Does the colour of your car determine how fast you drive and its emissions?

Does the colour of your car determine how fast you drive and its emissions?
01 October 2018

Does the colour of your car determine how fast you drive and its emissions?

Often when I present our vehicle emission results, I joke that we have such comprehensive data on vehicle characteristics, we even have the vehicle colour. This boast is well-founded – we have getting on for 100 different fields of information on the vehicles we measure and the database holds real-world emissions information on over 300,000 individual vehicles.

When gathering measurements, we are mostly interested in understanding how emissions vary with technical characteristics such as the fuel type, engine size and Euro classification. However, the data set collected is far  more detailed in providing us with other information such as the dimensions of a vehicle, its mass, number of doors, engine power, number of valves in the engine and various environmental parameters (e.g. ambient temperature and road gradient) at the time and location of our measurements. Oh, and of course, vehicle colour.

Recently, a colleague asked me ‘Do the emissions from cars depend on their colour?’ I was going to reply – ‘I have a lot on, I’ll get back to you’. But being curious, I thought  I would look into it.

For this analysis, I focused on Euro 6 diesel cars as an example. Selecting emissions data where we have at least 100 measurements for each colour provides about 30,000 measurements – so a decent sample size.

A plot of the average emission by vehicle colour is shown in Figure 1.

Figure 1: Emissions of NOx as a function of vehicle colour for Euro 6 diesel passenger cars. The error bars show the 95% confidence interval in the mean emission.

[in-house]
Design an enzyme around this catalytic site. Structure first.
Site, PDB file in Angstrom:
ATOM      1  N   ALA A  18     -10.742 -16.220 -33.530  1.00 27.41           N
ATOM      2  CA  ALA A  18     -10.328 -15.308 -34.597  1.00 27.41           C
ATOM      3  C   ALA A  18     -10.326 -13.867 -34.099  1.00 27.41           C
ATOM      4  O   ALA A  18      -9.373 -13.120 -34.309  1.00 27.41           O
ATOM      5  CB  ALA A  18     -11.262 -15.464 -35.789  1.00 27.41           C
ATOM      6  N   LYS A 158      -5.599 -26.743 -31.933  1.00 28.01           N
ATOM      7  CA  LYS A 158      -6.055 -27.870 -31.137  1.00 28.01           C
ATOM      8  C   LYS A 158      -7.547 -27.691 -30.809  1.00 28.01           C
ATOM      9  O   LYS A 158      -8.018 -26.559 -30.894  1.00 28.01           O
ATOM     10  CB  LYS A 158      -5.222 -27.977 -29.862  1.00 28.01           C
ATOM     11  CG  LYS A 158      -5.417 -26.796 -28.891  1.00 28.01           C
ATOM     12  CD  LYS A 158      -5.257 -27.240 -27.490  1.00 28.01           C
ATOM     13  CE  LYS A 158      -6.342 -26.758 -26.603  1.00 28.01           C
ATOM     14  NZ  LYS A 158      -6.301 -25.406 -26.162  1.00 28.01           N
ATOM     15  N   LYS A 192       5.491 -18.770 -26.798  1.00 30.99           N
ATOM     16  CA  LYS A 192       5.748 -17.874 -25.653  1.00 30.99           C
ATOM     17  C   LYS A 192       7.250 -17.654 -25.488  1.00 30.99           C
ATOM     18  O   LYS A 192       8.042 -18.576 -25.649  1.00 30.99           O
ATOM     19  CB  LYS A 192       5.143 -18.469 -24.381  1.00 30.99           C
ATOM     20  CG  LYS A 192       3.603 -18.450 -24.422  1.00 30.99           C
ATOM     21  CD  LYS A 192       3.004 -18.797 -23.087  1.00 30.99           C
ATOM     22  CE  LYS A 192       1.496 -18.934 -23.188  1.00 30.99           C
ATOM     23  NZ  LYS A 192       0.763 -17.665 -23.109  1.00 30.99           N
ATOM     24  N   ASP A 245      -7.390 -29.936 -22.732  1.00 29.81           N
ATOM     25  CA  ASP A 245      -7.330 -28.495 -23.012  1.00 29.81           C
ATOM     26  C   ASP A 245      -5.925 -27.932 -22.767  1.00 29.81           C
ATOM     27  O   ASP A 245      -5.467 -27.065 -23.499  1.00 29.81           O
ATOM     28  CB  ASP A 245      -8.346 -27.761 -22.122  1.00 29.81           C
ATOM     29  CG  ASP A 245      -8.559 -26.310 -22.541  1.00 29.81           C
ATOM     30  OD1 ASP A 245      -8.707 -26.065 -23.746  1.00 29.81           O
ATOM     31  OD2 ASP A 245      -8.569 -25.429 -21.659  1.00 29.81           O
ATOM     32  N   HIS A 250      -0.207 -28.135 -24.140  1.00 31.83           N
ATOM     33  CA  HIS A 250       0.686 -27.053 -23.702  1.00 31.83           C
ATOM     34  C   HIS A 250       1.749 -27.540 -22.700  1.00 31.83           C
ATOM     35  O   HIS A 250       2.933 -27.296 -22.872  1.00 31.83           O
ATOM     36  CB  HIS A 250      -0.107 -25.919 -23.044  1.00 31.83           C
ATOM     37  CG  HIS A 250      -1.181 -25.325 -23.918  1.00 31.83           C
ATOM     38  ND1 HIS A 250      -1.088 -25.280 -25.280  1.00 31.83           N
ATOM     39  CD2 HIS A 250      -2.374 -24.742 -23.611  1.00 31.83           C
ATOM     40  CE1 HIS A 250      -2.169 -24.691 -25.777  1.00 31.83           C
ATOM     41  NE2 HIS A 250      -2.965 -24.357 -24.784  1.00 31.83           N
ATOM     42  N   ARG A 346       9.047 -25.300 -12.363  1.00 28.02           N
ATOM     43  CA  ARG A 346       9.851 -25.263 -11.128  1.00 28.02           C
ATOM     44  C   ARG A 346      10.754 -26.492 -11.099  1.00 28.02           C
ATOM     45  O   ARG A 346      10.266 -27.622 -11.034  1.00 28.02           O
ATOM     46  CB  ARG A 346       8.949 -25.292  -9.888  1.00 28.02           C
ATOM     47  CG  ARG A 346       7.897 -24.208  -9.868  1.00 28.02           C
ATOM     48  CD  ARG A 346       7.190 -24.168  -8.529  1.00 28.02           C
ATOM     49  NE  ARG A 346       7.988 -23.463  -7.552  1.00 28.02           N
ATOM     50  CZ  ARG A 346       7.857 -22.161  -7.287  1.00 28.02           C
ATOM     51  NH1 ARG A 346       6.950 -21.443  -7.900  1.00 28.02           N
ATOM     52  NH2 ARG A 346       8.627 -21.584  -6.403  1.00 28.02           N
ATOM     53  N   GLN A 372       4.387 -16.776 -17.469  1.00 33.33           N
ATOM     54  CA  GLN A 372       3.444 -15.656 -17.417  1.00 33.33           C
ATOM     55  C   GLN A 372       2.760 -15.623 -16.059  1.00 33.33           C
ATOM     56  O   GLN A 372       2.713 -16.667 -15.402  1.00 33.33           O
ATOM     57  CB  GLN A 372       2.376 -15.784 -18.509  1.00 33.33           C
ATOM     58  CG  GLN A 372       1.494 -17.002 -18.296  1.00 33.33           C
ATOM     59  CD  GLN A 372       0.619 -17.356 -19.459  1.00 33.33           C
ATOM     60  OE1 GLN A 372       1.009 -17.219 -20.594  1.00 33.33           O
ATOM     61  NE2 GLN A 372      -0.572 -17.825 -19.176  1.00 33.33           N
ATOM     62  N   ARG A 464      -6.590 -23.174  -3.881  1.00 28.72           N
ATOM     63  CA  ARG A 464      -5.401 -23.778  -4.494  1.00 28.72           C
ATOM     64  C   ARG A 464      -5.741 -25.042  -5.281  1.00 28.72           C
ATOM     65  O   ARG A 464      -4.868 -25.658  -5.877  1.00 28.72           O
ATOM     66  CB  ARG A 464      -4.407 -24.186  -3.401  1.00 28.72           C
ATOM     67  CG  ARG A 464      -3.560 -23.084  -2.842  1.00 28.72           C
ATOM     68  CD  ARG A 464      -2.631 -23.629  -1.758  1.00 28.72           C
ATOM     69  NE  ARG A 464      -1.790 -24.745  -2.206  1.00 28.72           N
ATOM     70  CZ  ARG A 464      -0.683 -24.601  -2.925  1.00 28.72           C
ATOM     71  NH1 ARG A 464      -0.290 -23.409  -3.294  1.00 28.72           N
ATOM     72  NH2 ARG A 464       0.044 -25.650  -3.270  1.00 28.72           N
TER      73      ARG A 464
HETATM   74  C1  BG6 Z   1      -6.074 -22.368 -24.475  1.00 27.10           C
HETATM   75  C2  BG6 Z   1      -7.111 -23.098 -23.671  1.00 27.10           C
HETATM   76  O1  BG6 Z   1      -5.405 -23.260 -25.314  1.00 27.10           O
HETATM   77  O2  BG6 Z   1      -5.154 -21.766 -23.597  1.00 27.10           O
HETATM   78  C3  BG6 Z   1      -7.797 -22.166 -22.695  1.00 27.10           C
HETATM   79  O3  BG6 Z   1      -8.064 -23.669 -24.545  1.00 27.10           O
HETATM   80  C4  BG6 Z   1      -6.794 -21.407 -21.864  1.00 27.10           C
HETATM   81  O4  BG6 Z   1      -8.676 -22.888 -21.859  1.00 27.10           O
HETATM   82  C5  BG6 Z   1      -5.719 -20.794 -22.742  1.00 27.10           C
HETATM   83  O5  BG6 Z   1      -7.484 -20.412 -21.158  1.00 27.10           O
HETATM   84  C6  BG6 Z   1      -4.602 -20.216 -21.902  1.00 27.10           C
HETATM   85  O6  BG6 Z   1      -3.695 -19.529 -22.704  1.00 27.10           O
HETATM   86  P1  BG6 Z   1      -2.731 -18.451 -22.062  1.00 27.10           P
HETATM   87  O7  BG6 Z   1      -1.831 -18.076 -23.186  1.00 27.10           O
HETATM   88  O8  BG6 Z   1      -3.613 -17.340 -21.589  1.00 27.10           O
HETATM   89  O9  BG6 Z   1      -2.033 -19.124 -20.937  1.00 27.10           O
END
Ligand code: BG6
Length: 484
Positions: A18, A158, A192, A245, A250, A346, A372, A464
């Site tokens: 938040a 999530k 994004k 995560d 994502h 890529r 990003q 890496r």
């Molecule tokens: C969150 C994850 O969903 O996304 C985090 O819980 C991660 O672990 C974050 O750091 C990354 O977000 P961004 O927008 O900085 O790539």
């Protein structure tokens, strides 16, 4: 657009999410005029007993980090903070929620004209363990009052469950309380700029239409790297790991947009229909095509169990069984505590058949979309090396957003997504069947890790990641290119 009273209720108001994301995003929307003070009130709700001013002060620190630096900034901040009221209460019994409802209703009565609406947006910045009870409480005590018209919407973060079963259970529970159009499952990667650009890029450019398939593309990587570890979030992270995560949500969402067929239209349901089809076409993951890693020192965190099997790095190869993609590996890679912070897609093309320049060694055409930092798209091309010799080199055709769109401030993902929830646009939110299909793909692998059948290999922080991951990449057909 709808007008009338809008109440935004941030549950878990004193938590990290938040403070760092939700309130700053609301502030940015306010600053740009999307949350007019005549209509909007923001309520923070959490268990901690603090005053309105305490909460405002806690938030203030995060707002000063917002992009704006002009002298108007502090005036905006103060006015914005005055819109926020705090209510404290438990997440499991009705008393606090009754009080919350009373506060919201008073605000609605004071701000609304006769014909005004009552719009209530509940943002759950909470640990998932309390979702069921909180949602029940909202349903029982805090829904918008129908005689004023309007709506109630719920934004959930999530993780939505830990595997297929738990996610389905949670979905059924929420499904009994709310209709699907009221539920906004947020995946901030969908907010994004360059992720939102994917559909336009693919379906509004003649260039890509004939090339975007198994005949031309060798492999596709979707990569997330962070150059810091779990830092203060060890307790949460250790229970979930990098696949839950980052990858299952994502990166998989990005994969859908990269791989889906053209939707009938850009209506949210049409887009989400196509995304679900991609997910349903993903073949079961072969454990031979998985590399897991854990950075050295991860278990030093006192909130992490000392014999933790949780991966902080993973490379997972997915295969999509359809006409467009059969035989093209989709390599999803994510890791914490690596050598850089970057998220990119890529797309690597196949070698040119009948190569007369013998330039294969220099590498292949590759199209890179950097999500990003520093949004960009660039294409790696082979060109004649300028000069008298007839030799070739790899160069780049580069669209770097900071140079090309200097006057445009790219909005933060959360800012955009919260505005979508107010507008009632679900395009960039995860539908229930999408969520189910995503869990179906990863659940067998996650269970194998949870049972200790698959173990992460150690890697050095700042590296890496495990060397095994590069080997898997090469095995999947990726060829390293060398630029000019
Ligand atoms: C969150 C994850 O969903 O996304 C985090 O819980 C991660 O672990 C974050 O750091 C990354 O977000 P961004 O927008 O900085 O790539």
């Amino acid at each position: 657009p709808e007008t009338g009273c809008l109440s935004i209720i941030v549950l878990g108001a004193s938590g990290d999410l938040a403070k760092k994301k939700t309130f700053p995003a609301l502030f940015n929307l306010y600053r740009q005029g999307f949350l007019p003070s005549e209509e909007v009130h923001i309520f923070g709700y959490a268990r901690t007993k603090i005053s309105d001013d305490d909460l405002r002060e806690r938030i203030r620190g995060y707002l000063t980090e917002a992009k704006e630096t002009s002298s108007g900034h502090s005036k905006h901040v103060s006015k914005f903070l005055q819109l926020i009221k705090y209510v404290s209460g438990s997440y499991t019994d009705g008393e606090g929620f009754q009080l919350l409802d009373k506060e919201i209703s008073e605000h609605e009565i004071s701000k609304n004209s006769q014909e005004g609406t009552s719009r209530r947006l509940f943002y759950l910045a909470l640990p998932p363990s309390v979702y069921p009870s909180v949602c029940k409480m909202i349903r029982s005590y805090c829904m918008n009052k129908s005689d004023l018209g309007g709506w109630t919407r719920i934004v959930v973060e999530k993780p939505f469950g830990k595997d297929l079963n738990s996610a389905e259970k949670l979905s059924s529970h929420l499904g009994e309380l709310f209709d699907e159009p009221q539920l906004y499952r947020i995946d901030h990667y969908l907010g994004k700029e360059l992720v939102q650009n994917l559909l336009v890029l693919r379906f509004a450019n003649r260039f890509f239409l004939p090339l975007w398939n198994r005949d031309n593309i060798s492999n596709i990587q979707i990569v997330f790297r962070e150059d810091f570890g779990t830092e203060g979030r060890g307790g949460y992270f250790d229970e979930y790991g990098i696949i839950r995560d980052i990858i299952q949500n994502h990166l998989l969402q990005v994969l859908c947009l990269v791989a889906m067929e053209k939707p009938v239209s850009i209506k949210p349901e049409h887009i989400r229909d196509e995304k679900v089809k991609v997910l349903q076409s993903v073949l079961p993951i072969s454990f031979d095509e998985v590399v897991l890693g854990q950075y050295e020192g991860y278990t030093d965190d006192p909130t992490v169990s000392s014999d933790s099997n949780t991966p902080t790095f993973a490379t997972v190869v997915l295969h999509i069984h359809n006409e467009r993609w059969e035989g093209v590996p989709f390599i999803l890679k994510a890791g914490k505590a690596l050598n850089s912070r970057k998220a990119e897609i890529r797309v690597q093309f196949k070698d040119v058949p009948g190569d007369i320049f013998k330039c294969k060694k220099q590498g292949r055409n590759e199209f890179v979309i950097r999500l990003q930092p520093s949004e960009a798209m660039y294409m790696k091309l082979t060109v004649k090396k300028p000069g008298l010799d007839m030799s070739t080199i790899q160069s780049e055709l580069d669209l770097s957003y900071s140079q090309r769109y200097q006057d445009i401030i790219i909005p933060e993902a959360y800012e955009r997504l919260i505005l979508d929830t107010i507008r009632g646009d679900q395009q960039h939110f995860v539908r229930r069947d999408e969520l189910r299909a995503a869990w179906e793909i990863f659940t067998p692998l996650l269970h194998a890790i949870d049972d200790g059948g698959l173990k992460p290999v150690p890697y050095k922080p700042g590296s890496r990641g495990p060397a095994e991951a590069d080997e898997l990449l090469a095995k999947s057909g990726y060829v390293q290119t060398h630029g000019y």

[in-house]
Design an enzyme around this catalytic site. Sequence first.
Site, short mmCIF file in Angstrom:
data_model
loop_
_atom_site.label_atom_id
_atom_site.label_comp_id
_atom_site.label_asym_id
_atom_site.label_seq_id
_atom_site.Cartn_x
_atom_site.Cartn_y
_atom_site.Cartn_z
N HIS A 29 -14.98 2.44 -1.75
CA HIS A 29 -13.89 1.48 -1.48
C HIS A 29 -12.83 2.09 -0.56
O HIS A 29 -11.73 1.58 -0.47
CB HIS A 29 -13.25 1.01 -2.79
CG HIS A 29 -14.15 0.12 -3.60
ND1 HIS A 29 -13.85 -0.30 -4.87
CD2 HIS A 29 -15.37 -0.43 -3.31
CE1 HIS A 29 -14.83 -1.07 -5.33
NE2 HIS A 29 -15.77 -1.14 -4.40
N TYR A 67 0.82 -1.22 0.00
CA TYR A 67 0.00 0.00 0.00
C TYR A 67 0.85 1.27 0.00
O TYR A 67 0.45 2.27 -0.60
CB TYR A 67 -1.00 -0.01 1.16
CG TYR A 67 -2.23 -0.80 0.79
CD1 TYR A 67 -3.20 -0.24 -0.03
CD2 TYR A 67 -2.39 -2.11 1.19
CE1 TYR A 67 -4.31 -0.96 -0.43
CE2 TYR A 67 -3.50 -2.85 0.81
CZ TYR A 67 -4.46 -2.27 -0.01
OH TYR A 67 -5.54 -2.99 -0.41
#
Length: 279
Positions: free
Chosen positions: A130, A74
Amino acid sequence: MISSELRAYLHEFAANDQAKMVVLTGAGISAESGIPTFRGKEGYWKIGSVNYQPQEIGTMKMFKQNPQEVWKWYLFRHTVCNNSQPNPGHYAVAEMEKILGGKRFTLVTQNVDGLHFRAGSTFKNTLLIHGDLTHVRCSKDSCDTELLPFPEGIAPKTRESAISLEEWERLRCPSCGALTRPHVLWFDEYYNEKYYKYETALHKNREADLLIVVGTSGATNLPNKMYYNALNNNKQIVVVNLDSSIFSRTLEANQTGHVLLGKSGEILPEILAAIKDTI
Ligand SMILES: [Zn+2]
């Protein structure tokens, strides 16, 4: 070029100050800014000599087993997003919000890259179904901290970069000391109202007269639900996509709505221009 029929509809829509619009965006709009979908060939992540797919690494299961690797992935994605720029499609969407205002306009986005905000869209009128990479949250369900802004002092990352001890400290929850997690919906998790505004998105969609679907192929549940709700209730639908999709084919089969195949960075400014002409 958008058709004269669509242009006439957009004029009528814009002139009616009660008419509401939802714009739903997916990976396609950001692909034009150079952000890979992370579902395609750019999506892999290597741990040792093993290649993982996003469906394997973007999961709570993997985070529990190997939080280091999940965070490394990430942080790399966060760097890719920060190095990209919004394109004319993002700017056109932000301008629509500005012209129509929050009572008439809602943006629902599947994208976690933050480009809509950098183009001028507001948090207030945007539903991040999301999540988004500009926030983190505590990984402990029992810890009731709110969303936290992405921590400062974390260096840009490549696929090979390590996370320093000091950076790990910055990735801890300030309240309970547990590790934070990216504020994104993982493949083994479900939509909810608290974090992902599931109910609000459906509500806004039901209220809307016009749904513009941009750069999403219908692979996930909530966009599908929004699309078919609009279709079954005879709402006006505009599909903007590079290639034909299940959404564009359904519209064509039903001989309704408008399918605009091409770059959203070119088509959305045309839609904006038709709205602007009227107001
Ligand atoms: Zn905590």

Much to my surprise, the graph seems to suggest green, red and orange cars have higher emissions of NOx.

Despite the seeming absurdity of such a link, there are myriad reasons why this might be the case. For example, there could be certain manufacturers that produce more orange cars and these have particular engine types. Each of these car model types would have its own emission characteristics and we are simply seeing these effects in the data. It would be difficult to work out the potential reasons for differences without more information.

However, when we make our real-world emissions measurements, we also measure the vehicle speed using lasers for accuracy – so it is interesting to look at that data as a measure of driver behaviour too. This data is shown in Figure 2.


Figure 2: Vehicle colour as a function of vehicle speed for Euro 6 diesel passenger cars. The error bars show the 95% confidence interval in the mean vehicle speed.

Astonishingly, the above graph shows that red, green and orange cars tend to drive through our remote sensing light beams faster than other colours!

The broad ordering of emissions of NOx is similar to that for vehicle speed. Black, brown and grey cars seem to travel past our measurement sites at slower speeds than red, green and orange cars. The data we have is representative of a wide range of driving conditions and locations across the UK – so there is no bias (e.g. in measuring more orange vehicles at one particular location where vehicle speeds might be higher).

While we probably won’t be submitting this analysis for publication in ‘Nature’, it is intriguing…

Could it be the case that drivers of certain colour cars drive differently? For example, are drivers of red cars a bit more ‘lead-footed’?

The other aspect of this analysis is that it shows the power of large sample sizes for investigating vehicle emissions. With such large data sets, it becomes possible to quantify effects that would otherwise be difficult, such as the effect of ambient temperature and road gradient.

The colour of the vehicle is not the only possible variable that could be affected by driver behaviour. It seems that petrol and diesel hybrids, and fully electric vehicles also tend to drive more slowly than conventional petrol and diesel cars, as shown in Figure 3.


Figure 3: Fuel type as a function of vehicle speed for Euro 5 and 6 passenger cars. The error bars show the 95% confidence interval in the mean vehicle speed.

Indeed, petrol and diesel cars essentially travel at the same speed.

The contrast in fuel or propulsion type is particularly noticeable for hybrid petrol cars where we have a lot of measurements relative to conventional petrol and diesel. This finding seems intuitively reasonable in that those who choose hybrid vehicles are perhaps not minded to drive like Lewis Hamilton.